Contemplating my forthcoming visit to the US I have had to confront the ever increasing derisiveness of the term ‘Muslim‘. I struggle to fit into any of the stereotypes that the media brandishes. Everybody has their own definition of the term. I take Ibn ‘Arabi’s definition of Muslim as the one best suited to me, as ‘one who submits their will to the will of God’. The 13th century Andalusian mystic, now buried in Damascus, travelled the world in search of knowledge and held the messages of Moses, Jesus and Mohammed in equal reverence. I take comfort from the ancient mystics who unified nations made up of different faiths and cultures. I take the time to remember that Rumi is the most famous Muslim literary figure in the US by virtue of being their most read poet.
Deep in the Kashmiri hills, near my parents’ ancestral villages, I paid homage to the shrine of a famous Sufi saint and poet Mian Mohammed Baksh, regarded by some as the Rumi of the Indian subcontinent. Equally revered by Sikhs, Muslims, Hindus and Christians, his shrine was a salvation and a beacon of hope for everybody before the region was carved into separate nations, dividing them by the very thing that unified them before. Visiting the shrine one afternoon, as the late August heat gave way to a balmy cool breeze, I felt immense love and peace as I walked the white marbled floor reflecting the mid-afternoon sun.
The Sufi mystics with their ageless words of beauty have offered me some motes of their eternal wisdom from beyond the grave, during these dark times. I read the words of Attar, the Persian poet, and reflected on the timelessness of his message 800 years later,
“A king is not one of these common fools
Who snatches at a crown and thinks he rules. The true king reigns in mild humility, Unrivalled in his firm fidelity.An earthly king acts righteously at times”
Immediately the Dalai Lama comes to mind. The embodiment of Avalokitesvara, he exemplifies all that is missing in much of our global leadership, namely compassion, wisdom and love in the face of injustice and ignorance. His diverse following includes Tibetan Muslims who consider him as an inspiration and a leader.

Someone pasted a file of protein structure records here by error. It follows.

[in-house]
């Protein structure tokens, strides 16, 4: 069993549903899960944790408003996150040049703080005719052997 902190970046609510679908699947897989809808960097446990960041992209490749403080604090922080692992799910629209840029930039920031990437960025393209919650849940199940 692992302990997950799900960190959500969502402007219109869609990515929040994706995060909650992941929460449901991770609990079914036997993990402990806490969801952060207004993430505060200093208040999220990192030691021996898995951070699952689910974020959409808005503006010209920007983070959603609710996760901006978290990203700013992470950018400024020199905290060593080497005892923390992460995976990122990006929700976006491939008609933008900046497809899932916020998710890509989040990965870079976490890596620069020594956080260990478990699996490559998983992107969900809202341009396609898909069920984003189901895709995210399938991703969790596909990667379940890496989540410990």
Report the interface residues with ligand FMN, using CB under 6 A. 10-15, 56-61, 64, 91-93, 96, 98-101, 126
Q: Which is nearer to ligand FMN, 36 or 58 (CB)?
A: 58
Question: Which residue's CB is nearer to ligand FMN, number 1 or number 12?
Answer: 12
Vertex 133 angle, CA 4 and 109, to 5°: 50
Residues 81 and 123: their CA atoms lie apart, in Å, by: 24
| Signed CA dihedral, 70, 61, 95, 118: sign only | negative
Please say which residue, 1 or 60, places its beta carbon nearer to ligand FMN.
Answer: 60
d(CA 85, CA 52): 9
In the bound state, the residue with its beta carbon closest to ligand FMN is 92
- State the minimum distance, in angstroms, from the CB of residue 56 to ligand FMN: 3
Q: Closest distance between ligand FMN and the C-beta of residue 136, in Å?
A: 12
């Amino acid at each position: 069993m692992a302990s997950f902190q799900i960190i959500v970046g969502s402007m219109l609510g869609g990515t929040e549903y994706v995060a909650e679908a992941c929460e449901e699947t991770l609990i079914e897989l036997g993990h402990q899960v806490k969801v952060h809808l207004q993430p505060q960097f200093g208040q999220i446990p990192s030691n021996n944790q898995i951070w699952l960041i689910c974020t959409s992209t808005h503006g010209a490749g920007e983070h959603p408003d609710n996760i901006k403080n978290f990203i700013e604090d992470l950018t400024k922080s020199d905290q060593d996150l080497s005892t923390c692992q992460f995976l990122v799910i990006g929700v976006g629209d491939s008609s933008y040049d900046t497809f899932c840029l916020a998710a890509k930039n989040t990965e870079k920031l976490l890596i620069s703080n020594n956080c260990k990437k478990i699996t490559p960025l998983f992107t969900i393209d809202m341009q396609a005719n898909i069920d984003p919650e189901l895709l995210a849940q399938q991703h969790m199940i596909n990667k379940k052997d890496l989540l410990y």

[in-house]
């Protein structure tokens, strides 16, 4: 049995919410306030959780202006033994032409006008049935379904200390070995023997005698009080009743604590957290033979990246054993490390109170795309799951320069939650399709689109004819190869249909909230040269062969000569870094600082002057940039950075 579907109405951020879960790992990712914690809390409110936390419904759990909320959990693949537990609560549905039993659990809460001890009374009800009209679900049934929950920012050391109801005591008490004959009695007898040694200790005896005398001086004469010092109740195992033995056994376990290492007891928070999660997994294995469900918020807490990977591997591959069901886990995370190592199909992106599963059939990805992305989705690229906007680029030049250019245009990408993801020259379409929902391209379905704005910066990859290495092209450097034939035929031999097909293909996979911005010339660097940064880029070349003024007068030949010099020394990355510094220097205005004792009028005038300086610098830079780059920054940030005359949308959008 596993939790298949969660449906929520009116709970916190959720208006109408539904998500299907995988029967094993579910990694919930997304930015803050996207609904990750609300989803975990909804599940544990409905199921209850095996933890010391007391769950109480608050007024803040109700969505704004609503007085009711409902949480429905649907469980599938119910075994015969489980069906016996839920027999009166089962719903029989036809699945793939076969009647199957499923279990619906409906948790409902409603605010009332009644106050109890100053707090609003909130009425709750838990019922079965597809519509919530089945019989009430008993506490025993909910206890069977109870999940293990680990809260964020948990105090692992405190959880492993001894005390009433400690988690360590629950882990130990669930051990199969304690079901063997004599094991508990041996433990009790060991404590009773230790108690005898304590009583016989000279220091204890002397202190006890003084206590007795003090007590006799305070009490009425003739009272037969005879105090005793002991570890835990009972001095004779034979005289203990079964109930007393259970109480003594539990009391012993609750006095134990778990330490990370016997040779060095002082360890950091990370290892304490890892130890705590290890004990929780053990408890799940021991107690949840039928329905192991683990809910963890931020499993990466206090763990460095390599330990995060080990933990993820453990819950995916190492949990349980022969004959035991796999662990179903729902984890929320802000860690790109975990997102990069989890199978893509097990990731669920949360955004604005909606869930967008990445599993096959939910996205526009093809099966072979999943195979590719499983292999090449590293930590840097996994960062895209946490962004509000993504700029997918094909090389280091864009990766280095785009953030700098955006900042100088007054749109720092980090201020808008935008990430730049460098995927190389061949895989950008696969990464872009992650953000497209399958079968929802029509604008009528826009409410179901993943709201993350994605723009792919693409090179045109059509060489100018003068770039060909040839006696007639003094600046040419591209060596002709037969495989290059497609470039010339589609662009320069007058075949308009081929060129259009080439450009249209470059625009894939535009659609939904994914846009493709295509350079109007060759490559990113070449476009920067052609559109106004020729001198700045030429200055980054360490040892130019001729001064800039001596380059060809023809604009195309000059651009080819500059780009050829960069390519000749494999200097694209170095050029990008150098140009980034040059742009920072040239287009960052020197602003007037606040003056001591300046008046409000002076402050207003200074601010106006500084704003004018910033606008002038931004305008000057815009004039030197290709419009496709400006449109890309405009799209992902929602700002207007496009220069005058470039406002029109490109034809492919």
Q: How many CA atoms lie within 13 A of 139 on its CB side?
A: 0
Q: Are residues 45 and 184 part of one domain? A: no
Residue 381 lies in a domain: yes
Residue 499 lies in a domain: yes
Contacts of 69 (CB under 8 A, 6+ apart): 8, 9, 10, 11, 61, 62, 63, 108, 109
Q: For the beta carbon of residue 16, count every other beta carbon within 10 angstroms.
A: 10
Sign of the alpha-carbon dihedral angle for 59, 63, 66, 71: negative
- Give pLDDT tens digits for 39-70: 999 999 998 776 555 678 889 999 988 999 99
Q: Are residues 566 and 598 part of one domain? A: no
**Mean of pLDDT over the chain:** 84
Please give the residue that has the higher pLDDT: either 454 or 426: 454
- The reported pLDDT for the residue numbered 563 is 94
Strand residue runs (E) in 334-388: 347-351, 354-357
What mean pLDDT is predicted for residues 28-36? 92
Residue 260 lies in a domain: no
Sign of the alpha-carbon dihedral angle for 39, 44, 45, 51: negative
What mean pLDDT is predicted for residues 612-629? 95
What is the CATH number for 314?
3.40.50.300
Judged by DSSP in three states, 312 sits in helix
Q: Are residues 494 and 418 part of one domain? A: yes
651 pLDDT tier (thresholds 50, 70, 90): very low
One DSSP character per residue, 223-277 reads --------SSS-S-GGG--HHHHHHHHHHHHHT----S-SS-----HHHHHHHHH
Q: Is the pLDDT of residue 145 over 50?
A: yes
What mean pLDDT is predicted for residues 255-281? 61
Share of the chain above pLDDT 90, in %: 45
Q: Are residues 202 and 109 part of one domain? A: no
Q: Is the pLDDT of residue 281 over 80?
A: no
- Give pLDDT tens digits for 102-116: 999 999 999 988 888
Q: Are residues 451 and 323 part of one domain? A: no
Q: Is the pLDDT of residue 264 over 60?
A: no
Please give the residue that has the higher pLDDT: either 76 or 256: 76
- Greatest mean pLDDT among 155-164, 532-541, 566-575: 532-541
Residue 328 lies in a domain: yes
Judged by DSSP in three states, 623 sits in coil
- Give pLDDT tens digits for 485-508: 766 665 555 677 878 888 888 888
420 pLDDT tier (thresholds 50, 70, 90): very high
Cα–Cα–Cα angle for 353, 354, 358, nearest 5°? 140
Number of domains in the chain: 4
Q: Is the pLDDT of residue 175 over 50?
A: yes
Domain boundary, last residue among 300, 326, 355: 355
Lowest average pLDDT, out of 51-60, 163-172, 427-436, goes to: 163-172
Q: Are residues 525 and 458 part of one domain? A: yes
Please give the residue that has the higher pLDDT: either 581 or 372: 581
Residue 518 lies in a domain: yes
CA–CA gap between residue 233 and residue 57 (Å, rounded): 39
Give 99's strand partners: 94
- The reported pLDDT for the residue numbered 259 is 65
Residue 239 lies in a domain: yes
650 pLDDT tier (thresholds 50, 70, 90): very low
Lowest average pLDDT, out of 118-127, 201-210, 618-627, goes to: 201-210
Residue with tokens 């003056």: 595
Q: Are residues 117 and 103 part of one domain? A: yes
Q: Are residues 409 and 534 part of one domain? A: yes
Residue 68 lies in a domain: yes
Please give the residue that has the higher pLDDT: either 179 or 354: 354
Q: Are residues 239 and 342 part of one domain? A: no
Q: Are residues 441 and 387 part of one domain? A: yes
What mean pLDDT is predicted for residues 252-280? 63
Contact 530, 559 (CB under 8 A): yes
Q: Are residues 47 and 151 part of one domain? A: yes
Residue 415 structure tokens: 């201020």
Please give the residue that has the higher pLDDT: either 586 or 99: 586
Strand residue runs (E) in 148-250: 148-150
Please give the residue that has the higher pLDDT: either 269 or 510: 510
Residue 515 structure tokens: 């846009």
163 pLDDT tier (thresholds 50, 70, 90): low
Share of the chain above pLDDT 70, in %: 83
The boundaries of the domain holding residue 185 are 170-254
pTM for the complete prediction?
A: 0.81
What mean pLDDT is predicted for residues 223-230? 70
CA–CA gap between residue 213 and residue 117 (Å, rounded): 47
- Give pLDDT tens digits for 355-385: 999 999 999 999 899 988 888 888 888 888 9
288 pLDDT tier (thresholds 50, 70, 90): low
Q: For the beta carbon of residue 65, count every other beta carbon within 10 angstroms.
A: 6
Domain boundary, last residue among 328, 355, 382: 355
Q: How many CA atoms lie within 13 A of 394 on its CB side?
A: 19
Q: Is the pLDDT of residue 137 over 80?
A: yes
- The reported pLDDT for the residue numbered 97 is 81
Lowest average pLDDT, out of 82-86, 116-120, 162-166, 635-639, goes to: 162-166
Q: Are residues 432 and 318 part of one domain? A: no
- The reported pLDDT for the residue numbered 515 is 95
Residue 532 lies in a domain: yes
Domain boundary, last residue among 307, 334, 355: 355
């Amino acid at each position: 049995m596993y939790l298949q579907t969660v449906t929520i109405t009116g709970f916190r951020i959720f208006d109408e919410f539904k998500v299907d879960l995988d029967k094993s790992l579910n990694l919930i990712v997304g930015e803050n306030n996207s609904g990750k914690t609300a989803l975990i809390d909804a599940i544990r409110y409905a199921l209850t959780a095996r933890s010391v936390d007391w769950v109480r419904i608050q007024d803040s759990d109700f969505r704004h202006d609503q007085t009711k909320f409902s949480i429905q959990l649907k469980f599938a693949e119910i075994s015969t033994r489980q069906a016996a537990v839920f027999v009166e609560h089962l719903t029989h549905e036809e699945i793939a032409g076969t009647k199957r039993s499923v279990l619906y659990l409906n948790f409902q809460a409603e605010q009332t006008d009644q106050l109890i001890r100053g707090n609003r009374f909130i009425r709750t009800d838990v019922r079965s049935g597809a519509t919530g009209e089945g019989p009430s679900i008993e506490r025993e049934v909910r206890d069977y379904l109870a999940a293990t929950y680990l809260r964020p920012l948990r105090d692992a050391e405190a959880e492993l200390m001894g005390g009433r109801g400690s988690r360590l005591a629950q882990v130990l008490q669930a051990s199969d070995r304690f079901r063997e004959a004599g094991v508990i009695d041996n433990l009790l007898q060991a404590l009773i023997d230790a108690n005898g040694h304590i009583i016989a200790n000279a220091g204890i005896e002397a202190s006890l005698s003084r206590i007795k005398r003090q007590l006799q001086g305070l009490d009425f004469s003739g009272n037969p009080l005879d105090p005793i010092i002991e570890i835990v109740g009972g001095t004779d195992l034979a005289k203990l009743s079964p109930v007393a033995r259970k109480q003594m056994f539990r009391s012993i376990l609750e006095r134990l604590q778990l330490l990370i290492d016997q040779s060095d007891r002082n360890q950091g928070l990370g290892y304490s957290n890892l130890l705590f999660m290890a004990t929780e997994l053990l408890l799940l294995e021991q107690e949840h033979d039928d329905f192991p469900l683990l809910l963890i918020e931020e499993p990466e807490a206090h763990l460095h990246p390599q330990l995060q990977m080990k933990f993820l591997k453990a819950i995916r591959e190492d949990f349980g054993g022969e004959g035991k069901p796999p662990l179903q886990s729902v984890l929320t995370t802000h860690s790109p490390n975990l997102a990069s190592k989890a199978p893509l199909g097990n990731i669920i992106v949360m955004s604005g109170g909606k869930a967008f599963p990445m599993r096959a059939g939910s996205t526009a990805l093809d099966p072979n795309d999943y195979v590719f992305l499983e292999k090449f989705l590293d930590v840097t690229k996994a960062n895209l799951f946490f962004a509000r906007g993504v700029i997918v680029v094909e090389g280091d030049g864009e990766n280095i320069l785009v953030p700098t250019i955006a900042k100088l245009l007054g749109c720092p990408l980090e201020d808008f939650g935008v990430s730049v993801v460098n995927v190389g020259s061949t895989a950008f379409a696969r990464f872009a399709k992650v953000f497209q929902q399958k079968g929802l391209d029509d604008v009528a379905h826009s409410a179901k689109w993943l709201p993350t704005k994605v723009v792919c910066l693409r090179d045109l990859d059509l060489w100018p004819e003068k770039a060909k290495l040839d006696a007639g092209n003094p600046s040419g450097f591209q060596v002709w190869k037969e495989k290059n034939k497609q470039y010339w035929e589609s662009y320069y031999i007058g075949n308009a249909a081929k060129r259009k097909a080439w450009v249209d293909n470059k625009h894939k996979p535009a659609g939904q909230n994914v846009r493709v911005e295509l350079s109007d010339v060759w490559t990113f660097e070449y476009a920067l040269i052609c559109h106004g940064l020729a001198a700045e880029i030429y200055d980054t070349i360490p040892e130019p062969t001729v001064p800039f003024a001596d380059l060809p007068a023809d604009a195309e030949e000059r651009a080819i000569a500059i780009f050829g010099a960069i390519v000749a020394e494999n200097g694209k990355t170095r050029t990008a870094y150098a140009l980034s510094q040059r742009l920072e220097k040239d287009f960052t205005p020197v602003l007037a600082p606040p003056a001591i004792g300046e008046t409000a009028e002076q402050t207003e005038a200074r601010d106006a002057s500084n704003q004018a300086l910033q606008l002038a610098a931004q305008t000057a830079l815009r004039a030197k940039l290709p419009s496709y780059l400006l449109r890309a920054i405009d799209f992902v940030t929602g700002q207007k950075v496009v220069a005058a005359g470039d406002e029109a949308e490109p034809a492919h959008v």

In the samsaric wheel that we call life, it seems impossible sometimes to stay centred as the wheel turns up and down. To keep faith and determination in the face of adverse conditions is all in the daily work of a Boddhisattva. The time has come for the monk to step down from his mountain and join the world where he is needed. Sometimes we even need to swallow poison. But if handled correctly, even poison can be transformed into medicine. Like peacocks and their innate ability to eat poisonous plants, insects and animals. In Tibetan culture, the peacock not only survives but thrives on this poisonous diet. It is said that it owes its beauty to eating a particular plant that creates its beautiful plumage, which could prove fatal for other species.
Equally revered in the Islamic world, my favourite story about the peacock hails from Indonesia. As gatekeepers of heaven, the peacock was tricked by the devil into eating him and that is how he entered paradise, thus creating the duality of good and evil.
Maybe the chaos in the world is making room for a different world, a better one in which the duality we see is melted into one. I long to see esoteric interpretations of the worlds major religions becoming the rule and not the exception. Where barriers of exclusivity, homophobia and the curtailing of women’s right are removed and replaced by a perennial world view led by the compassion of Christ consciousness. Where the choice to believe in God is freely given in order to allow a more authentic relationship to the Divine. The greatest journey one undertakes is that from the mind to the heart . When I practice sa’ma, whirling in an anti-clockwise motion with my right hand in the air, I feel the love from the Divine pulsate through me as it filters through my heart before offering it to the world with my left hand . It’s painful to see such a divided world, but like the words from my favourite song, ‘koyla seh heera bahnta hai‘ from a piece of coal a diamond is created.
I leave you with the words of my favourite rebel mystic Shams-i Tabrizi,
“If one of the mature ones makes sa’ma in the East, another one begins moving in the West. They are aware of each other’s states.”